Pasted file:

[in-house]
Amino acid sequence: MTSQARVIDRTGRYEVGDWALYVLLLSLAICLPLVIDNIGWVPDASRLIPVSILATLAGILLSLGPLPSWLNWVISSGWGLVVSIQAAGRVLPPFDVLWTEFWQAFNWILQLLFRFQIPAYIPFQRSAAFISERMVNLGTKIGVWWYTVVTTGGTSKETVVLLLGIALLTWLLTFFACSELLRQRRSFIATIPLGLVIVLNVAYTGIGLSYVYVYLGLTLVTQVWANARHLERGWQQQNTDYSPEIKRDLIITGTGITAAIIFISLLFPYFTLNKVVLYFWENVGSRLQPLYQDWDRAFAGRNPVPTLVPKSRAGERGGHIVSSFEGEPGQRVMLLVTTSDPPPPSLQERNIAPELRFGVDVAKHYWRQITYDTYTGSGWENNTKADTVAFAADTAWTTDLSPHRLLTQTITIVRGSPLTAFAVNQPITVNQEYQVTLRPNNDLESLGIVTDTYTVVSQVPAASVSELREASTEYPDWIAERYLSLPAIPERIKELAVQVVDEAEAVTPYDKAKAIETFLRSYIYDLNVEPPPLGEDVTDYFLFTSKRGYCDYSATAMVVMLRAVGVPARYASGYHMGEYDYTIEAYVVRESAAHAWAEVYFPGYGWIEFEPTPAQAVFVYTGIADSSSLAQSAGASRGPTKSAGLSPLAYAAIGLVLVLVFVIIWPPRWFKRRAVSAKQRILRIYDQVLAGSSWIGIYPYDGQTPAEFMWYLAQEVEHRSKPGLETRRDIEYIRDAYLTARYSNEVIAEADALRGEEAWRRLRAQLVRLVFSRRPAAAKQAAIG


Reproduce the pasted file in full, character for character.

[in-house]
Amino acid sequence: MTSQARVIDRTGRYEVGDWALYVLLLSLAICLPLVIDNIGWVPDASRLIPVSILATLAGILLSLGPLPSWLNWVISSGWGLVVSIQAAGRVLPPFDVLWTEFWQAFNWILQLLFRFQIPAYIPFQRSAAFISERMVNLGTKIGVWWYTVVTTGGTSKETVVLLLGIALLTWLLTFFACSELLRQRRSFIATIPLGLVIVLNVAYTGIGLSYVYVYLGLTLVTQVWANARHLERGWQQQNTDYSPEIKRDLIITGTGITAAIIFISLLFPYFTLNKVVLYFWENVGSRLQPLYQDWDRAFAGRNPVPTLVPKSRAGERGGHIVSSFEGEPGQRVMLLVTTSDPPPPSLQERNIAPELRFGVDVAKHYWRQITYDTYTGSGWENNTKADTVAFAADTAWTTDLSPHRLLTQTITIVRGSPLTAFAVNQPITVNQEYQVTLRPNNDLESLGIVTDTYTVVSQVPAASVSELREASTEYPDWIAERYLSLPAIPERIKELAVQVVDEAEAVTPYDKAKAIETFLRSYIYDLNVEPPPLGEDVTDYFLFTSKRGYCDYSATAMVVMLRAVGVPARYASGYHMGEYDYTIEAYVVRESAAHAWAEVYFPGYGWIEFEPTPAQAVFVYTGIADSSSLAQSAGASRGPTKSAGLSPLAYAAIGLVLVLVFVIIWPPRWFKRRAVSAKQRILRIYDQVLAGSSWIGIYPYDGQTPAEFMWYLAQEVEHRSKPGLETRRDIEYIRDAYLTARYSNEVIAEADALRGEEAWRRLRAQLVRLVFSRRPAAAKQAAIG